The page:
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Molecular basis of centriole length control (CENTRIOLE_LENGTH)
Date du début: 1 mars 2014, Date de fin: 29 févr. 2016 PROJET  TERMINÉ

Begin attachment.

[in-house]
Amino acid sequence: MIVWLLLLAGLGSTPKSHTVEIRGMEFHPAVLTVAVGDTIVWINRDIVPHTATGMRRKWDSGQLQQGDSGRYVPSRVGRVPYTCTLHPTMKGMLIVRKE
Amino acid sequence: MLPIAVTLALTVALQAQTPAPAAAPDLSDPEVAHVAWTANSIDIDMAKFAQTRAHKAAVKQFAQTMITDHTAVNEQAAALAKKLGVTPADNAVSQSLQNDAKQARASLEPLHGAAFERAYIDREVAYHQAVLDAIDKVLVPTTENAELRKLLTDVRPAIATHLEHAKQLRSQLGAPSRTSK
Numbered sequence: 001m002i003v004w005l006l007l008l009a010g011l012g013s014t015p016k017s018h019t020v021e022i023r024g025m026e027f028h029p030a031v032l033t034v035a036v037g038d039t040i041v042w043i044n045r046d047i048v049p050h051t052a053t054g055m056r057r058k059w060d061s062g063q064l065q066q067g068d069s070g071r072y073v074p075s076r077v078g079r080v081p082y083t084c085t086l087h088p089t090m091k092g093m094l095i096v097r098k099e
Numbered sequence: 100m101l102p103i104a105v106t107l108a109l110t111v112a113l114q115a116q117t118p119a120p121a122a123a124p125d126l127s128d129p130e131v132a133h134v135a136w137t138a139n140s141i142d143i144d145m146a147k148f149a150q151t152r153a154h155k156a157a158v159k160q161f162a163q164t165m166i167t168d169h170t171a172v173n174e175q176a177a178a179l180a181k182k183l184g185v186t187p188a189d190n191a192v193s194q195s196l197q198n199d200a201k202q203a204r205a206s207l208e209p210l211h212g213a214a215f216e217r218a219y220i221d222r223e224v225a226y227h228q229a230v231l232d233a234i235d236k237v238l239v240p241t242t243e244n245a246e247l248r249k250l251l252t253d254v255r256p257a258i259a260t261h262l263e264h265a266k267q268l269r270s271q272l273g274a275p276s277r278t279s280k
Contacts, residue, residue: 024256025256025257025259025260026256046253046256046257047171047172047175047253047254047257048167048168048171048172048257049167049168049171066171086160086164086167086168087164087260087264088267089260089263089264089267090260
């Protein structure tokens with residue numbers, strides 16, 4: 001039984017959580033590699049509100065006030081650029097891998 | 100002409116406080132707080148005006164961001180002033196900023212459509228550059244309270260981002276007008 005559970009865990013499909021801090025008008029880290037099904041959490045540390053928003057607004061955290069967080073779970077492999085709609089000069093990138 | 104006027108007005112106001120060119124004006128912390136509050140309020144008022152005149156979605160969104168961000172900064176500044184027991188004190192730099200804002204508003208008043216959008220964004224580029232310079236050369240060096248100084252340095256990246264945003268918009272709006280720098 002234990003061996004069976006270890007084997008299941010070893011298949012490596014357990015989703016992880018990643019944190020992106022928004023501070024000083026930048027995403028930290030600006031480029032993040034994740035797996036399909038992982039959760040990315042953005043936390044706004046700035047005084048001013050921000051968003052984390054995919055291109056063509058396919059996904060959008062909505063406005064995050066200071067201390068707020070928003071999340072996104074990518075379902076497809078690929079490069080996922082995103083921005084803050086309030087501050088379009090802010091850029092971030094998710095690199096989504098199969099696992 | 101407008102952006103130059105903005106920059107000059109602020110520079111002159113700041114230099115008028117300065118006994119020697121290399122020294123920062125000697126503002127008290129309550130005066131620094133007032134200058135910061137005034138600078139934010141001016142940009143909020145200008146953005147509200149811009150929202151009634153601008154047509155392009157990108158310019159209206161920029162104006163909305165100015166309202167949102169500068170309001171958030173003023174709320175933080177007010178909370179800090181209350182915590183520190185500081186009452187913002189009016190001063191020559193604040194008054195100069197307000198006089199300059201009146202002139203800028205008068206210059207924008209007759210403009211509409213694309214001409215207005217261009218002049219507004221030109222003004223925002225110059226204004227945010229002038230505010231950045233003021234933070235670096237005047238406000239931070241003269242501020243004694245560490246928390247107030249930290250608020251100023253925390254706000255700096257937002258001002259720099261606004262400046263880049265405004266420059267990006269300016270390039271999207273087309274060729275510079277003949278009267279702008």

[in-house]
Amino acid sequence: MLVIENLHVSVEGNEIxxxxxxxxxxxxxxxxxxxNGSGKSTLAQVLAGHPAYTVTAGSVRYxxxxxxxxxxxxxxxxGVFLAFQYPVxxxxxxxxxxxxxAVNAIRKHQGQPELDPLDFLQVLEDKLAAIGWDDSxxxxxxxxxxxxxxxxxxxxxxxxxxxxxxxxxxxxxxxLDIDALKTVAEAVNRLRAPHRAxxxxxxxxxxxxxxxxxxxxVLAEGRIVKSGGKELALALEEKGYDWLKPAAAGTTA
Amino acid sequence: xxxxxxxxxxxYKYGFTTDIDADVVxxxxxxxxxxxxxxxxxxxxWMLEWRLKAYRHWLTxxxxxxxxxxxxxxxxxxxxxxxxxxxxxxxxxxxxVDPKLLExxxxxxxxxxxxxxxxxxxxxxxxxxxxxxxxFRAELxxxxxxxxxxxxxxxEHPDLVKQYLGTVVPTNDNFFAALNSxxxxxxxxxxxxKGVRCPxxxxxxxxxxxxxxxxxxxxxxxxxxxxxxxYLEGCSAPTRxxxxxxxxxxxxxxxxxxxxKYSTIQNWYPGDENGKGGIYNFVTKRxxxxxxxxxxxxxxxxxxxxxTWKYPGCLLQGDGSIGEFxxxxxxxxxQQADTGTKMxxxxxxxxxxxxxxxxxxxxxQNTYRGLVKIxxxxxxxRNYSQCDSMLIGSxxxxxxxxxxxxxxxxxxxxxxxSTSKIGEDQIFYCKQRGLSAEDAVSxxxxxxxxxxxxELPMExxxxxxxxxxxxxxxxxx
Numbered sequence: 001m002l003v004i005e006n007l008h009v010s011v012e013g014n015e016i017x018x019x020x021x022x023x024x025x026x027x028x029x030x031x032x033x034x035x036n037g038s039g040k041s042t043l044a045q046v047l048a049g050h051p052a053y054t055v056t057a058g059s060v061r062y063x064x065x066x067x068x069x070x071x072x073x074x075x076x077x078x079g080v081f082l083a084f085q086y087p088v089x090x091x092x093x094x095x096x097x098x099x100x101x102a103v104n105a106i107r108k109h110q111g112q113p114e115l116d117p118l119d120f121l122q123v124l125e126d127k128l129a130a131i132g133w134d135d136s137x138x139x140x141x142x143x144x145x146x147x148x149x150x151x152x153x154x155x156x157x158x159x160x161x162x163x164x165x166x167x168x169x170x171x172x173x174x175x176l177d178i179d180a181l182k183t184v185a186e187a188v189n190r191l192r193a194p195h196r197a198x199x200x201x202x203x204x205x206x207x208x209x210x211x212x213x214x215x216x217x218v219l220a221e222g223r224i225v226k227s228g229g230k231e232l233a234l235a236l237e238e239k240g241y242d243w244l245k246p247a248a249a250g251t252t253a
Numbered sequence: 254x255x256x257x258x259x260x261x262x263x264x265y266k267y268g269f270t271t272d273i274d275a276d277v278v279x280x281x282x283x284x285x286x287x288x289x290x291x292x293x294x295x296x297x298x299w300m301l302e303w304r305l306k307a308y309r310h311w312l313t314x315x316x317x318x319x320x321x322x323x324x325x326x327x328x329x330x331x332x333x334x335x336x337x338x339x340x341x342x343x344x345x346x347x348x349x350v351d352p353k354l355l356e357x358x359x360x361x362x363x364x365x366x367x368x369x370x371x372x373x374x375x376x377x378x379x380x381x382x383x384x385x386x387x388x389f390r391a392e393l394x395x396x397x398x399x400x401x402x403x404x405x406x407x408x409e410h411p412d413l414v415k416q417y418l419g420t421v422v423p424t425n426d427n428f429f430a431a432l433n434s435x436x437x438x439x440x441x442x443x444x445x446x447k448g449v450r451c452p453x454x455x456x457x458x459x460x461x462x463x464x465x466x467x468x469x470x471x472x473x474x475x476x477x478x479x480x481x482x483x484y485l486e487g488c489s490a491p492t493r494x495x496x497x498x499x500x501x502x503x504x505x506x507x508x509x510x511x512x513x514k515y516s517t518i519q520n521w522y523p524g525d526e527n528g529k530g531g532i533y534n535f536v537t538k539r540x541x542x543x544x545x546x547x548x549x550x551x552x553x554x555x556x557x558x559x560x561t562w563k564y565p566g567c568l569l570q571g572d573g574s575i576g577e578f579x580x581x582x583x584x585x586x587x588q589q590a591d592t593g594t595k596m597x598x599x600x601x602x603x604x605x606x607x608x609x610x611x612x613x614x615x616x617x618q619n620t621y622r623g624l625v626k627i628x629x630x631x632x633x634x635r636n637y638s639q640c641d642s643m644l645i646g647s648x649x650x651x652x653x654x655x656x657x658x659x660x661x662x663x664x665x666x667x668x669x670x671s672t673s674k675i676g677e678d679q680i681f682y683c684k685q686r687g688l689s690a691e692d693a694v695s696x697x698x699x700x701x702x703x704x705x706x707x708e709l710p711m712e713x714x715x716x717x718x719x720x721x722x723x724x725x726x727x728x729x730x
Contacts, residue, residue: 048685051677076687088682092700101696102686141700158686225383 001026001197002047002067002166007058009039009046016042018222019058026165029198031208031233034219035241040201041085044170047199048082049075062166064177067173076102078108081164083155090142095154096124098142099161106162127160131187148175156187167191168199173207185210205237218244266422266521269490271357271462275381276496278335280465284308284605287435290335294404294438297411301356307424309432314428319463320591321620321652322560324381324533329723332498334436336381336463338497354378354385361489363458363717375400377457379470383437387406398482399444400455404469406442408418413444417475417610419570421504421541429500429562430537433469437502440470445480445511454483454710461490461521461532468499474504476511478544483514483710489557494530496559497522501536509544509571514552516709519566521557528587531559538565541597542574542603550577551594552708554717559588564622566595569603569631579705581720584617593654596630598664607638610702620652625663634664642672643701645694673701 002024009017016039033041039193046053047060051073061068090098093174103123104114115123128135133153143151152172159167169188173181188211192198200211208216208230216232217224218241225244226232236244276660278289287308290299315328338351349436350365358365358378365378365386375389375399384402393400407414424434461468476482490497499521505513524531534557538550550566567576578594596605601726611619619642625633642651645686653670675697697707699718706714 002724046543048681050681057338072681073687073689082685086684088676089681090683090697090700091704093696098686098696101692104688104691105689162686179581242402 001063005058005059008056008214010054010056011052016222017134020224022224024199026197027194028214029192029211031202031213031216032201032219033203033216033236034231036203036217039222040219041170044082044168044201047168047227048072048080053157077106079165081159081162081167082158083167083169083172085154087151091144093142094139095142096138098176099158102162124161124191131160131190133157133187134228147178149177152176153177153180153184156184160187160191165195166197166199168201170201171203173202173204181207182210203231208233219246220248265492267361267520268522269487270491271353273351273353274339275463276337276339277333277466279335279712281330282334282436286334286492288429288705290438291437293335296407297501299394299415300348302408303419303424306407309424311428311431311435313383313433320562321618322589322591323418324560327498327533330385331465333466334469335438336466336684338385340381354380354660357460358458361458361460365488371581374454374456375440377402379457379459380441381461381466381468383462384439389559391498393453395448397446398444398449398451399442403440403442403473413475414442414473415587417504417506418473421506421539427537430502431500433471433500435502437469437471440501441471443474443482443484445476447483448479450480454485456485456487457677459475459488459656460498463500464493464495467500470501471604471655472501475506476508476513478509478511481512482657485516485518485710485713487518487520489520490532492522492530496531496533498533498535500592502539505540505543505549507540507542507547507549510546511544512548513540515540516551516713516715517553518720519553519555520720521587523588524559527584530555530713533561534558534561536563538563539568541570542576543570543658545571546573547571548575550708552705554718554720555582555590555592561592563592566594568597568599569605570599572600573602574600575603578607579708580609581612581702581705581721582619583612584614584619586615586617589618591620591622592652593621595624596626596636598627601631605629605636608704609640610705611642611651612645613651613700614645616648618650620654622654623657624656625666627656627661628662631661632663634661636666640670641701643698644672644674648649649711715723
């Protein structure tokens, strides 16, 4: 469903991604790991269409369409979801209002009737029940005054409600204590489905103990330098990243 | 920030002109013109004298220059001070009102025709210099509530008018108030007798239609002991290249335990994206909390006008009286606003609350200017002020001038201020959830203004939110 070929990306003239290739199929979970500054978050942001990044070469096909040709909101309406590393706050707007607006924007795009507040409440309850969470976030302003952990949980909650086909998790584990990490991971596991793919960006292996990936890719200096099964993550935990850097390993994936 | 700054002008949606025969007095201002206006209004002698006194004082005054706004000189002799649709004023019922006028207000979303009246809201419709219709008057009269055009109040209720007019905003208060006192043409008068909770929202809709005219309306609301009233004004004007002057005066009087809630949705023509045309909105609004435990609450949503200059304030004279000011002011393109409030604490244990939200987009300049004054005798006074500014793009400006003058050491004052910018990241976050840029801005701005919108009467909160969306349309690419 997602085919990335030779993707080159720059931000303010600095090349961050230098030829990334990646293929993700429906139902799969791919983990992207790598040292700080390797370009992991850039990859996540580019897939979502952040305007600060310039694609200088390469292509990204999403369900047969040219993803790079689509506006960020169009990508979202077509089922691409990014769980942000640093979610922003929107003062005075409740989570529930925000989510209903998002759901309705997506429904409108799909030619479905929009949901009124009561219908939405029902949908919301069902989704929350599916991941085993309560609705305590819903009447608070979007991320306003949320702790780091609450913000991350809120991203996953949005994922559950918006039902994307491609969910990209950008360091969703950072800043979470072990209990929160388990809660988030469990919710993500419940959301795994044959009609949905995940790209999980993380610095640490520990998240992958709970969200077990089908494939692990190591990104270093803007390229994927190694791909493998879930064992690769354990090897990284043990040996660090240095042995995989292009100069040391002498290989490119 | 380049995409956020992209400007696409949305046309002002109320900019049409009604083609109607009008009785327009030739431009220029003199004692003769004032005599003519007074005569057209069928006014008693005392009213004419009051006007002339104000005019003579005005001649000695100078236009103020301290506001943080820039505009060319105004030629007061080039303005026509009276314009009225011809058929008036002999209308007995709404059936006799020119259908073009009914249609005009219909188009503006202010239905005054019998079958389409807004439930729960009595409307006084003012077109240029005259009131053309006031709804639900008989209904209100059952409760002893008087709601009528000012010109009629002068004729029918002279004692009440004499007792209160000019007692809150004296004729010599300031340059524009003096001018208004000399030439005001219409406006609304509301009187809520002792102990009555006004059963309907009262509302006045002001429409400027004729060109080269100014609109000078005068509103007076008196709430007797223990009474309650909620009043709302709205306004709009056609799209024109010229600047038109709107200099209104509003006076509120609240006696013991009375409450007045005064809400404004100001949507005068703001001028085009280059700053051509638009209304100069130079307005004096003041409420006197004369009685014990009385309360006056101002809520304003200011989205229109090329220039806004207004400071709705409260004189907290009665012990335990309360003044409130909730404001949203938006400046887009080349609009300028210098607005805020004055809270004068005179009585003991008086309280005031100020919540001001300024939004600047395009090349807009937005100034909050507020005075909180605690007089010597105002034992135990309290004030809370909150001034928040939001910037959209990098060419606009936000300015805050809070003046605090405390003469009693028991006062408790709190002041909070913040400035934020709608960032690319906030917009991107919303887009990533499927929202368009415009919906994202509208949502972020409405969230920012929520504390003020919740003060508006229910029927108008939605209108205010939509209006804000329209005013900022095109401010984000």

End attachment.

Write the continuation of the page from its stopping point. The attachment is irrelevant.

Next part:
Centrioles play a key role in the assembly of the centrosome, the major microtubule organizing center, and are crucial for the formation of cilia and flagella. Significant progress has been made toward understanding centriole biogenesis, but the mechanisms that determine centriole length and prevent centrioles from forming cilia or flagella remain unknown. CP110, Cep97, Cep120, CPAP, SPICE1 and centrobin have been identified as key players in these fundamental biological processes.The overarching aim of this research proposal is to understand how these proteins cooperate in order to control centriole length. The following unresolved questions will be addressed:1) What is the molecular mechanism of the interactions between centriolar proteins that play a key role in controlling centriole length and cilia formation?2) How do the proteins involved in centriole length control interact with tubulin and microtubules?3) What is the functional importance of interactions of key proteins in controlling centriole length and cilia formation?A multidisciplinary approach encompassing state-of-the-art bioinformatics, biochemical, biophysical, and structural and cell biology methods will be used to tackle these open questions. The results will significantly contribute to our understanding of centriole and cilia biogenesis. Ultimately, the proposed research will help to understand how misregulation of these processes leads to human diseases such as cancer, polycystic kidney disease, microcephaly, dwarfism, and primary ciliary dyskinesia.